Asteroids have long been a target of astronomical study because they, like comets, are a snapshot of different parts of the Solar System’s history. The eight planets as they are now have been shaped by billions of years of geophysical process, such as weather, climate and tectonic activity (as well as human processes on Earth). In contrast, asteroids (meaning “star-like”) are suspected to be the shattered remains of objects that never became large enough to form actual planets. They thus exist mostly as they have since they were formed and stand as moments of planetary formation preserved over the eons that provide insight into the physical conditions and dynamics of the early Solar System.

Millions of these small bodies exist in the solar system and hundreds of thousands have been cataloged for more careful study. They range in size from just a few meters across to the largest, Ceres, which is 1,000 kilometers in diameter and large enough to qualify as a dwarf planet. They are made up of a combination of different metals and minerals and have even been envisioned as the subject of future space-based mining operations.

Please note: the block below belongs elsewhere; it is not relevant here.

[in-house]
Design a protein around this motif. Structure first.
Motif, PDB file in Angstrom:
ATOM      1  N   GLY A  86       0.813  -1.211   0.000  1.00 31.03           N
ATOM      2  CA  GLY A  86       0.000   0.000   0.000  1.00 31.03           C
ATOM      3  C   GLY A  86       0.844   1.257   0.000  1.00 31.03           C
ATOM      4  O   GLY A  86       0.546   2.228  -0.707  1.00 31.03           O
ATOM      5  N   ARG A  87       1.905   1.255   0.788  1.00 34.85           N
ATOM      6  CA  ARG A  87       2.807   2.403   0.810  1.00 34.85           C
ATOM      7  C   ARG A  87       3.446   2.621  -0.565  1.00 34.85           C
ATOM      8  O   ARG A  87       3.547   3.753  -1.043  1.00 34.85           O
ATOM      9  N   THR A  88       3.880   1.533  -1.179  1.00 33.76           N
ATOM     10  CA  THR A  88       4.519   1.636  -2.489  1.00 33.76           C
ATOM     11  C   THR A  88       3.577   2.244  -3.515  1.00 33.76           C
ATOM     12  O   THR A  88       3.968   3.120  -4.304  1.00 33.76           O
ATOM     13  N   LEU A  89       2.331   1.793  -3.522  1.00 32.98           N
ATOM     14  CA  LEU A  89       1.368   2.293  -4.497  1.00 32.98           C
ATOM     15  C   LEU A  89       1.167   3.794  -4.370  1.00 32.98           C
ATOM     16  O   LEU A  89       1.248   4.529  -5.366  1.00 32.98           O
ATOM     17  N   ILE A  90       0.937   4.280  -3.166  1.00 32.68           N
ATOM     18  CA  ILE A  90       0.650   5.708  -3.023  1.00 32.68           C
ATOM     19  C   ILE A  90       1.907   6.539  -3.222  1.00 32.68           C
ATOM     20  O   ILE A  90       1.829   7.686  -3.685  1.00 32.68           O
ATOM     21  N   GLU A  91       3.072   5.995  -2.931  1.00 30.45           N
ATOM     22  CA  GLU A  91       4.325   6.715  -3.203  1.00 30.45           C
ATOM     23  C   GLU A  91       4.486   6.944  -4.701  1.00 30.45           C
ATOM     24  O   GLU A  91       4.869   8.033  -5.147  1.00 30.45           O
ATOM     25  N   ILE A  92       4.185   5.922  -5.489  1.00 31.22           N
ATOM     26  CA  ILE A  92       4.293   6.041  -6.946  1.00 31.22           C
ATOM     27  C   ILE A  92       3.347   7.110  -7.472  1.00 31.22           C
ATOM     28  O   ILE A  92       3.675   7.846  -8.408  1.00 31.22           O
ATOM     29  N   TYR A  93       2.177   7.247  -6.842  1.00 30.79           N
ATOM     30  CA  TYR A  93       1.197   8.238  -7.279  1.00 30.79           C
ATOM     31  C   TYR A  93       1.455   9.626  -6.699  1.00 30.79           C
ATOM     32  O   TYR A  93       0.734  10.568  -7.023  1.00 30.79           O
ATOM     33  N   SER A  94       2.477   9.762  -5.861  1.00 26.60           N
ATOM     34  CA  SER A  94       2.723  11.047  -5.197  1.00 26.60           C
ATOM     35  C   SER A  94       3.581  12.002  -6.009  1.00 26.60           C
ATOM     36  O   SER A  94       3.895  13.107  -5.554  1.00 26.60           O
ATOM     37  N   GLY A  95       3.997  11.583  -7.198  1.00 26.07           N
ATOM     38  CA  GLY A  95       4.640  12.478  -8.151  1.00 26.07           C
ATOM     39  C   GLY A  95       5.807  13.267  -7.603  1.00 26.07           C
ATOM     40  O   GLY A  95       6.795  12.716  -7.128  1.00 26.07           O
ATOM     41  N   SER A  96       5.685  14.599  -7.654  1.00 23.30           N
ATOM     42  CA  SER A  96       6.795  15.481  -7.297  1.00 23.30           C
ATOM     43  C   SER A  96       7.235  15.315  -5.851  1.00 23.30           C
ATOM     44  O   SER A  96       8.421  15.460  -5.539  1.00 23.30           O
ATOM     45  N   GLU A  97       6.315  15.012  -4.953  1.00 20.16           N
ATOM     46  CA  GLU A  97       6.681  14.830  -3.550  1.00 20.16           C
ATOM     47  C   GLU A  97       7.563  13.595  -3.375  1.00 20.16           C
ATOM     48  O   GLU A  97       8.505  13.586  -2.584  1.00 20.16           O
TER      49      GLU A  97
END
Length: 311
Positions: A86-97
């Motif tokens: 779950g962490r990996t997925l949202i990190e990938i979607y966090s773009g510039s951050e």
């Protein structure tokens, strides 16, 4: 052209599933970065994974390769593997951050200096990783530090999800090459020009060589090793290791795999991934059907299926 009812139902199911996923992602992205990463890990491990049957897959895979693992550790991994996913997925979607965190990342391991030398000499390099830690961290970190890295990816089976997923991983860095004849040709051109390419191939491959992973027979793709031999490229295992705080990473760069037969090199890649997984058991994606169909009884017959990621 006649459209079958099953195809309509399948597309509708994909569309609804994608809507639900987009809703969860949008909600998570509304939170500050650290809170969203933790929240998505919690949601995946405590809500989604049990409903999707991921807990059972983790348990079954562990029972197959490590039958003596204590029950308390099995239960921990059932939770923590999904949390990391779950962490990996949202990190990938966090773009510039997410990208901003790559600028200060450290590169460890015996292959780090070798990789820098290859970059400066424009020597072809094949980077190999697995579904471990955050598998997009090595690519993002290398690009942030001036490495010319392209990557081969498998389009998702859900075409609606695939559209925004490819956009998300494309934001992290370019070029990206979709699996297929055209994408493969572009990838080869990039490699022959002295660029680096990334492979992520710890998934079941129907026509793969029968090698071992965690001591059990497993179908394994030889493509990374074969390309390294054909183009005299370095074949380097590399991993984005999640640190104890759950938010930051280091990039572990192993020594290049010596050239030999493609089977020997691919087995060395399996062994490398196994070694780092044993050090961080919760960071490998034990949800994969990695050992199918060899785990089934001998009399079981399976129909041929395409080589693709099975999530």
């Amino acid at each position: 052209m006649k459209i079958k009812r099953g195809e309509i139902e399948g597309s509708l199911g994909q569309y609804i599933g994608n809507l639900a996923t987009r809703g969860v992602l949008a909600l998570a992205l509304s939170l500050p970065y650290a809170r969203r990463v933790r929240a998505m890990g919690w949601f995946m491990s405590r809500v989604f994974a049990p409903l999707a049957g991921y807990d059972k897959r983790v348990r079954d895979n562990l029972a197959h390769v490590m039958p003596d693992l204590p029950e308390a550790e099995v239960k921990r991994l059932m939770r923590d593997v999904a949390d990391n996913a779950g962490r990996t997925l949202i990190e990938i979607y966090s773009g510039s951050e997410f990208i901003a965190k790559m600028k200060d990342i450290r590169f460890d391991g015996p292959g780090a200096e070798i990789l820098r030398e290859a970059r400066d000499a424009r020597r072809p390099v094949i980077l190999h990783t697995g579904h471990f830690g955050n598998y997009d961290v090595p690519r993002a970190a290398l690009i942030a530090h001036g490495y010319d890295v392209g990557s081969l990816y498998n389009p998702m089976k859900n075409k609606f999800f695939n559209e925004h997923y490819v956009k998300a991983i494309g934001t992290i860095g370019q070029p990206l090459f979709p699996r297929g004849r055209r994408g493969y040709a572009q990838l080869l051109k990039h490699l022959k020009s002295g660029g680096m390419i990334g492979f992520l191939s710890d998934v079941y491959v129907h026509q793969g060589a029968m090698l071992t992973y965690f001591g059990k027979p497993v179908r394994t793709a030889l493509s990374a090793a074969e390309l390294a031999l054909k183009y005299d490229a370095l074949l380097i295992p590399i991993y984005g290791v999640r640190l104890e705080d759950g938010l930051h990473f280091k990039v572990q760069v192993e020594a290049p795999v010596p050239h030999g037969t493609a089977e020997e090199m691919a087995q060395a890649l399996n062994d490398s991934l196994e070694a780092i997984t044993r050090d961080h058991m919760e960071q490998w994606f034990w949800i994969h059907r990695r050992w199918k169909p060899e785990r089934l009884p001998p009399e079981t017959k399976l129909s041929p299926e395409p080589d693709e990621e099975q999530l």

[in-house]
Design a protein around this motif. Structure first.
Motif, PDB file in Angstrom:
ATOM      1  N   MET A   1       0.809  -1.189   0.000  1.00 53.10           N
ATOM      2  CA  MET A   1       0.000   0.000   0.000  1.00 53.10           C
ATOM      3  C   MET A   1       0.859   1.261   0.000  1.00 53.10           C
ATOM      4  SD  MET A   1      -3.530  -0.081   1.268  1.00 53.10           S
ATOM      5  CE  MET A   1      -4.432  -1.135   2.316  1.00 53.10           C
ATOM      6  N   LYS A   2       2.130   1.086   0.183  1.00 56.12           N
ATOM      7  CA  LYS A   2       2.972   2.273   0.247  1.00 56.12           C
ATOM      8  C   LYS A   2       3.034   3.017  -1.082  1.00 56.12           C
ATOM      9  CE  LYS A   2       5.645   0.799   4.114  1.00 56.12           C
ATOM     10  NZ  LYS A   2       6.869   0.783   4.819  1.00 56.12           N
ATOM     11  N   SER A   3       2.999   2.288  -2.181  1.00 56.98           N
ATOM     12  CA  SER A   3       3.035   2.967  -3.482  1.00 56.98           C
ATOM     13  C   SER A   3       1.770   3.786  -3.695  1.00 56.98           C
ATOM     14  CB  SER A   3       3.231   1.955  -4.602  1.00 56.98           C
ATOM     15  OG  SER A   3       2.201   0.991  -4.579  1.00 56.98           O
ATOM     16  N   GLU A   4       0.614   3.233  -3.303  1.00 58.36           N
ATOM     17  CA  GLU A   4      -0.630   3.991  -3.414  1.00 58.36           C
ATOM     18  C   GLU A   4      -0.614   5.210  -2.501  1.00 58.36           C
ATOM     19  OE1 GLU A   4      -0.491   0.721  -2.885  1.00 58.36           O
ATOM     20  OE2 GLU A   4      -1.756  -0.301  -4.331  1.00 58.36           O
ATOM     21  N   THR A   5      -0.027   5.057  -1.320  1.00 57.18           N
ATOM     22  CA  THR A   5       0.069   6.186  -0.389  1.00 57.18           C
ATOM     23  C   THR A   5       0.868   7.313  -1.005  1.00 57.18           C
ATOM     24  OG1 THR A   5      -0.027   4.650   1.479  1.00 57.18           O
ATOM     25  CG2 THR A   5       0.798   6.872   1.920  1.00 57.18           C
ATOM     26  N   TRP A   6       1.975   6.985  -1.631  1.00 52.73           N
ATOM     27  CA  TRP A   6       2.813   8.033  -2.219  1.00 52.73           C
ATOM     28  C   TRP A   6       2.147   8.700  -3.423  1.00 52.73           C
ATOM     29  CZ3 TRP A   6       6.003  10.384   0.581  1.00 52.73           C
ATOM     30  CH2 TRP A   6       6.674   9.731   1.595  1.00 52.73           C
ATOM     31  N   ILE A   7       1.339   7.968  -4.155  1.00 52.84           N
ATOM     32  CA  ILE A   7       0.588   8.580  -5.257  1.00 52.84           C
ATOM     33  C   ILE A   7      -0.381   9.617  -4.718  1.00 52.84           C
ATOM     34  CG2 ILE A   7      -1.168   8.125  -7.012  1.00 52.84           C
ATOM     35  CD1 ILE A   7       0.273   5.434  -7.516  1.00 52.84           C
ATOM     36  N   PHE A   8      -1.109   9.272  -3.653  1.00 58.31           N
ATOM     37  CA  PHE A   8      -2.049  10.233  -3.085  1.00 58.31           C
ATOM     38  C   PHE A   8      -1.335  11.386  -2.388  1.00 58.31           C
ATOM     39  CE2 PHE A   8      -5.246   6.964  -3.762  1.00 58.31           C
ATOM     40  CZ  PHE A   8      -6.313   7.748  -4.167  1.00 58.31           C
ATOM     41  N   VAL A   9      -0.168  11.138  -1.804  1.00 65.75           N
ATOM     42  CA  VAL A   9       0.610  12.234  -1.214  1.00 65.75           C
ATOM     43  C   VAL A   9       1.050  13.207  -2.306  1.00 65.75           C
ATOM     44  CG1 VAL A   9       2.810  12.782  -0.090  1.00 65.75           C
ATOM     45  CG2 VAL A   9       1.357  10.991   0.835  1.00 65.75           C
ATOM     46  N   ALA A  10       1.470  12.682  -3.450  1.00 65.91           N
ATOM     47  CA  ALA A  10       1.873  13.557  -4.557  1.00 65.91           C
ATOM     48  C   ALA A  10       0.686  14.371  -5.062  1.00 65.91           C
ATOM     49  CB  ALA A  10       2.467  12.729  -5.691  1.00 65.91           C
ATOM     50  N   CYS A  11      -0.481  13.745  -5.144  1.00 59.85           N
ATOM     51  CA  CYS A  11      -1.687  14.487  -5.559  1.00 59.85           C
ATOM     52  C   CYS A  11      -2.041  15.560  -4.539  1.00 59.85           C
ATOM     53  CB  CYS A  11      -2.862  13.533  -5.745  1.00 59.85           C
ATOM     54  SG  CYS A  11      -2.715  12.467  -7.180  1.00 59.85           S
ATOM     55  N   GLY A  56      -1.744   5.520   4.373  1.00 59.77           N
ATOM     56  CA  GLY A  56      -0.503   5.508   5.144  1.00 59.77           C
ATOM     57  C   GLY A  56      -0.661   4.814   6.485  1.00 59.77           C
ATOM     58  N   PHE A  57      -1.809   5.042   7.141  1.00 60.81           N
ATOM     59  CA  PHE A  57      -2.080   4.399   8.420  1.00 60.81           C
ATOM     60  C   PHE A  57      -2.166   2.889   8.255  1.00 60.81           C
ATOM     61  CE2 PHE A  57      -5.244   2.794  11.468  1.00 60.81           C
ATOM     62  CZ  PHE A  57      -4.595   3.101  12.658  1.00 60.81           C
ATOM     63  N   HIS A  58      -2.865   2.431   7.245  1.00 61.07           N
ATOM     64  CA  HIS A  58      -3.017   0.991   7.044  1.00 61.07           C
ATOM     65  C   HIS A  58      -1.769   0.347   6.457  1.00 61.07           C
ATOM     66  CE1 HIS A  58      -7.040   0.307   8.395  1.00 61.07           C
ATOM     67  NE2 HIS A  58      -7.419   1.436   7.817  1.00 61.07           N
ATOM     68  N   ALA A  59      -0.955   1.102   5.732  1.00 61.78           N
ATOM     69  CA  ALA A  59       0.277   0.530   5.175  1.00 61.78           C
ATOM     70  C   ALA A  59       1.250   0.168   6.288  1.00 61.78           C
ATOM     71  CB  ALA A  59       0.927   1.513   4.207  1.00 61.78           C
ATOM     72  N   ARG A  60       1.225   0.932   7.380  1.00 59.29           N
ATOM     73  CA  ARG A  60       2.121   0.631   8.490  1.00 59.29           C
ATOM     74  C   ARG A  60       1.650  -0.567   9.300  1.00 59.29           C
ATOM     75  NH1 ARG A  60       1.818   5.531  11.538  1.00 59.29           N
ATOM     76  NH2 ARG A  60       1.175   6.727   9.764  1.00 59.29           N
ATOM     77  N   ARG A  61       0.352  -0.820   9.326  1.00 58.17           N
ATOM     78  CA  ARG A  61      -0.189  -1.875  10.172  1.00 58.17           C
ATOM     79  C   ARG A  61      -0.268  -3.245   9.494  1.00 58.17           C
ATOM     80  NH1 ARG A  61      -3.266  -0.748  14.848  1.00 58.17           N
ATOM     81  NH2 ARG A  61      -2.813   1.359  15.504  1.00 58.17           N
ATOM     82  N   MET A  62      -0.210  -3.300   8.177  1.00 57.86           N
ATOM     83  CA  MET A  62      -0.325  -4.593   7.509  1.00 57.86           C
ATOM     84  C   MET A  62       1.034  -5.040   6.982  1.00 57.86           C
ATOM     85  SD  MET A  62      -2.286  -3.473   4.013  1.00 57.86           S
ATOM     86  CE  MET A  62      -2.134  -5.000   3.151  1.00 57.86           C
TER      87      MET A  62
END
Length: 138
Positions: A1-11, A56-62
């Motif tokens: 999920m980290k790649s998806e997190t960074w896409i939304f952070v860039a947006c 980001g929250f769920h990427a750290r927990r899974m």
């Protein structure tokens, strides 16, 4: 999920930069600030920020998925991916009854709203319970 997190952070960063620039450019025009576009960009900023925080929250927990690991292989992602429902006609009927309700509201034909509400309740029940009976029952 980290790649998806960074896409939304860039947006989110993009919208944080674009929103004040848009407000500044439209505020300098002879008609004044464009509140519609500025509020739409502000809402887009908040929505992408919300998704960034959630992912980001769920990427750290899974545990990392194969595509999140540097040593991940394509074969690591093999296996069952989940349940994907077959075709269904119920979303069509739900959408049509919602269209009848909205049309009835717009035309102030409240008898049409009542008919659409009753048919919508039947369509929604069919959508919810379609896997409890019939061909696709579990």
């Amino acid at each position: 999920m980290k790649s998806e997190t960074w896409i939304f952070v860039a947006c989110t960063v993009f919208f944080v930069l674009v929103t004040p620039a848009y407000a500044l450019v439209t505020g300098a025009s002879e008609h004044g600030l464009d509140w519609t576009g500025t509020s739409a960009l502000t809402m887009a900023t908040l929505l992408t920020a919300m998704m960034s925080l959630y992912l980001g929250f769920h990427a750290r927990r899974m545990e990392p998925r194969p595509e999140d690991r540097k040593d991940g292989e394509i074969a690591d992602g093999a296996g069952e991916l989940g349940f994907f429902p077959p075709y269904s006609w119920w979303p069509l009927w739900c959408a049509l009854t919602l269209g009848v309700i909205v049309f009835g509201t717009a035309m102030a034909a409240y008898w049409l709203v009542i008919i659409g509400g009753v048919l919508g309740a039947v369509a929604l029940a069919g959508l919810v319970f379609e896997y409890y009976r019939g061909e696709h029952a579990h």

Several missions have been launched in the past few decades to study asteroids, including the sample return mission to Bennu by the OSIRIS-REx spacecraft, the successful landing of two rovers on 162173 Ryugu by the Japanese mission Hayabusa2, and the Dawn mission, which orbited two different asteroids, Vesta and Ceres, during a mission lasting 11 years. The New Horizons spacecraft was also directed to fly past an asteroid, now named 486958 Arrokoth, four years after the historic first close encounter with Pluto.